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Polling Iraq and Terrorism

Something curious keeps coming up in all the primary polling. According to the Pew Research Center, the war in Iraq is the number one issue for Republican primary voters, while “terrorism/security” comes in at number two. Among Democrats the war is also number one, but terrorism/security is number eight. The strangest thing about the poll isn’t the comparative results, but the delineation of the categories.

After September 11, 2001, most Americans understood that the war to eradicate the menace that killed 3000 of our civilians would last many years and involve numerous battles. Less than seven years later, the second of those battles has been wholly extracted from the larger cause and showcased as a Bush administration nuisance for which the candidate with the quickest fix wins a prize.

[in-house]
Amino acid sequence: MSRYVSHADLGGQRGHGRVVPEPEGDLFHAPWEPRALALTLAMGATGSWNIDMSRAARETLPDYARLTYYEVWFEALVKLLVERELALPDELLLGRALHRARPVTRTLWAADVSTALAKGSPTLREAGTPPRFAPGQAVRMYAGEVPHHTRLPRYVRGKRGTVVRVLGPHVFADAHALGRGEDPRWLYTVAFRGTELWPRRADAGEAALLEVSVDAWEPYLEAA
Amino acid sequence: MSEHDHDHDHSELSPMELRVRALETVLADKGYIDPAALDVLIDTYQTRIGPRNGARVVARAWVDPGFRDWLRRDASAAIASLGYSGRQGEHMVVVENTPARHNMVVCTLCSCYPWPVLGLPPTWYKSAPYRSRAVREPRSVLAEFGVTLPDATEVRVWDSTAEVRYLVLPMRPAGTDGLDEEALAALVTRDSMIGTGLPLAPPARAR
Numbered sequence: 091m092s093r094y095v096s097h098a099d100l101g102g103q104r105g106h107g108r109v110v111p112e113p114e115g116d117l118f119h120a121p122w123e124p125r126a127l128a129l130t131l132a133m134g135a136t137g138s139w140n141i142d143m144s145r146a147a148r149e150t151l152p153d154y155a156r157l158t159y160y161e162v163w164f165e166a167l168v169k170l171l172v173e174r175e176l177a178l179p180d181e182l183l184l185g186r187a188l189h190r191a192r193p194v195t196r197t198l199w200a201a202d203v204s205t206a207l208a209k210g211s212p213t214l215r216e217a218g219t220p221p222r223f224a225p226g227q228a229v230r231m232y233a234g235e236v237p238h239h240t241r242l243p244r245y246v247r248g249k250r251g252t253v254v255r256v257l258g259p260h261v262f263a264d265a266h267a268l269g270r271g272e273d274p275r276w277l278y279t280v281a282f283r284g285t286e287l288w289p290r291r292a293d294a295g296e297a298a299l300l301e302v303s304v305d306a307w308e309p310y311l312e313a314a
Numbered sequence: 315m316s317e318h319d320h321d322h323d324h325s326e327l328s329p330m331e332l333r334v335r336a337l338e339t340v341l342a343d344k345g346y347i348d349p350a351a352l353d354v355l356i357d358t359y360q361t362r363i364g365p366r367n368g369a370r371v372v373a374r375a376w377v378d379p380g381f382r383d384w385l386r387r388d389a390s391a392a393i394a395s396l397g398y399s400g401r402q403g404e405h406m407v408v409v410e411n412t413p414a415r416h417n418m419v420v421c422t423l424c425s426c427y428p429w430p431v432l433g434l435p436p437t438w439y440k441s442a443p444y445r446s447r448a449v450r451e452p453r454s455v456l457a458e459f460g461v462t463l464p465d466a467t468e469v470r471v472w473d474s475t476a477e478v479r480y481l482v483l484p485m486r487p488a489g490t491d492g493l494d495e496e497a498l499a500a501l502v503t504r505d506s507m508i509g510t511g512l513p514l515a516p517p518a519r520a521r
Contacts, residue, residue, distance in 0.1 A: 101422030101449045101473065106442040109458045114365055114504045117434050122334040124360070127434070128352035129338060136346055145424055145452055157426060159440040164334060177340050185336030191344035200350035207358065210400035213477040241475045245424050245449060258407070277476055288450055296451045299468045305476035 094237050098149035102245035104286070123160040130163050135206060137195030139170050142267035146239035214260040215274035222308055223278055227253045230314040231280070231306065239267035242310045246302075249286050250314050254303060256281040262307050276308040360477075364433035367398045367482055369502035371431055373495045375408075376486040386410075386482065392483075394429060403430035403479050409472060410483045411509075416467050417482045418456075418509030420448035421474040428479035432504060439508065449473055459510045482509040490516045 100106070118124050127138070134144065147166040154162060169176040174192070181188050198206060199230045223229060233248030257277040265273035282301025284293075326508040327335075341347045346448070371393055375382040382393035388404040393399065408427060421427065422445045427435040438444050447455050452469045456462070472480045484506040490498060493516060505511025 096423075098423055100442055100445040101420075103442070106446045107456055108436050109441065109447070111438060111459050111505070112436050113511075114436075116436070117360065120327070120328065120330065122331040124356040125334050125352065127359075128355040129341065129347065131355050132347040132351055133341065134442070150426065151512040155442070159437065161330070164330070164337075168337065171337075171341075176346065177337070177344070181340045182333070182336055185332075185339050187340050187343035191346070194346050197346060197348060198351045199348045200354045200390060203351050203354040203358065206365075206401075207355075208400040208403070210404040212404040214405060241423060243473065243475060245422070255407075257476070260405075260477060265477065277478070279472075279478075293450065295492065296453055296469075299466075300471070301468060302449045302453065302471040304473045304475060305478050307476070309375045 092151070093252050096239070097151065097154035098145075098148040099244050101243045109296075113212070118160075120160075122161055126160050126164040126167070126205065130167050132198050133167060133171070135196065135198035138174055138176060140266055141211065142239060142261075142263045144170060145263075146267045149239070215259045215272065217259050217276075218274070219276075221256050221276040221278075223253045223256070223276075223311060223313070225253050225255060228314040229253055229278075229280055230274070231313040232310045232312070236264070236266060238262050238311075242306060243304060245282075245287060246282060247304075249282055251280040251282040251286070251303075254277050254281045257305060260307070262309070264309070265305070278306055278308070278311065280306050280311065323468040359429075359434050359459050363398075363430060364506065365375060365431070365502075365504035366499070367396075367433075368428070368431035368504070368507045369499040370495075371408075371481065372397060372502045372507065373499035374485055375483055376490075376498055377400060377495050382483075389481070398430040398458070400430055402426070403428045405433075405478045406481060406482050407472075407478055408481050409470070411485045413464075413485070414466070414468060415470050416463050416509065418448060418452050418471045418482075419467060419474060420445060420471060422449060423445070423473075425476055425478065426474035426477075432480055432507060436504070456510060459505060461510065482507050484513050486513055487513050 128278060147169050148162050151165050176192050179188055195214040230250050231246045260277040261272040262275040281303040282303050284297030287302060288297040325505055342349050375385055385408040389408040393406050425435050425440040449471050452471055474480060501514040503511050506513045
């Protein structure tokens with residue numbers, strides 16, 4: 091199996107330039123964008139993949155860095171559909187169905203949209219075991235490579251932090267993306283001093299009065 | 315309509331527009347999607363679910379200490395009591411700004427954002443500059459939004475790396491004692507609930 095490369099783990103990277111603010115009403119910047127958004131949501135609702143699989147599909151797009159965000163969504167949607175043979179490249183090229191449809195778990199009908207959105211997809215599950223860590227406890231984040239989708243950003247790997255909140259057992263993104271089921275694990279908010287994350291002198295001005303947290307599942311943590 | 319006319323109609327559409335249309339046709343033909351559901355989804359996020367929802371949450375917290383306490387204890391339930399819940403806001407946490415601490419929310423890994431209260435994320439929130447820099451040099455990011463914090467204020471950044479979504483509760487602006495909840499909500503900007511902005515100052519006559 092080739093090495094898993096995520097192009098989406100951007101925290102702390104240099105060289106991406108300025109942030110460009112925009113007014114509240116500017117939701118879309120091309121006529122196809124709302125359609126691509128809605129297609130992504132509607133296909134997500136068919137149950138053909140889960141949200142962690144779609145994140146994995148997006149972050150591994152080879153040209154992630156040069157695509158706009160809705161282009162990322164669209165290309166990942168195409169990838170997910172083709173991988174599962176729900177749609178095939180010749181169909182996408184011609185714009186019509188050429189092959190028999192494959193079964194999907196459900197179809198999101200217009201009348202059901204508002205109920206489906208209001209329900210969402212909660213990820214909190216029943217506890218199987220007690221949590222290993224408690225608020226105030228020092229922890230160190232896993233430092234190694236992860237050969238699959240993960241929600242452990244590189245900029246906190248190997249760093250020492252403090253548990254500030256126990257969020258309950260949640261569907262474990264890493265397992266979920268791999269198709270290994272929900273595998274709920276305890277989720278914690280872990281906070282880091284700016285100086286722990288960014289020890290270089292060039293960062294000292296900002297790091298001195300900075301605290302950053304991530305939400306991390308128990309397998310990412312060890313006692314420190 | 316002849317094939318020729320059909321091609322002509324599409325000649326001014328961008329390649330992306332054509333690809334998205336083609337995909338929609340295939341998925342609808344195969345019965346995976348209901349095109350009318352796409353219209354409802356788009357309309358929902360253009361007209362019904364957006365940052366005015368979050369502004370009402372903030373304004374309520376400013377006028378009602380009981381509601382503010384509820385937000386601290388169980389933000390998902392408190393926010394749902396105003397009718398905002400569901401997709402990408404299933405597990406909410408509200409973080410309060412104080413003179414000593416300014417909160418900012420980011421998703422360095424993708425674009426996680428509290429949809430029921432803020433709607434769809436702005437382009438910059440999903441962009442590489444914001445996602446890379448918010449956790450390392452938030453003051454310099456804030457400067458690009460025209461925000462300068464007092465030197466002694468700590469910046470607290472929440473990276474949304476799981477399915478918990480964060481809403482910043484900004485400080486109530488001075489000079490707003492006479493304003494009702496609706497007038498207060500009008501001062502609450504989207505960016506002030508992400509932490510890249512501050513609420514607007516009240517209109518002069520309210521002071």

While the Left’s relentless harangue about administration lies hasn’t managed to end the war, it has removed the fight from its rightful context—that of an ongoing existential struggle with a peripatetic enemy. With the war separated from terrorism, the latter has quietly slipped back into the domain of criminal concerns. The notion that Iraq is part of the war on terror is now such a dead letter that even the pollsters treat them as distinct.

Never mind the fact that Ba’athists had trained thousands of foreign jihadists before the U.S. arrived, or the fact that Saddam was funding terrorists from the Palestinian territories to the Phillippines; if the left were simply to take their own charges seriously they’d have to concede that the war in Iraq is part of the war on terror. For years they’ve said that the fighters in Iraq are foreign terrorists, not Iraqis.

At least Republican voters think Iraq and terrorism rub up against each other. The seven-place gap in the Democratic agenda is a dangerous indication of how a President Clinton or Obama may react to Iran and threats beyond.



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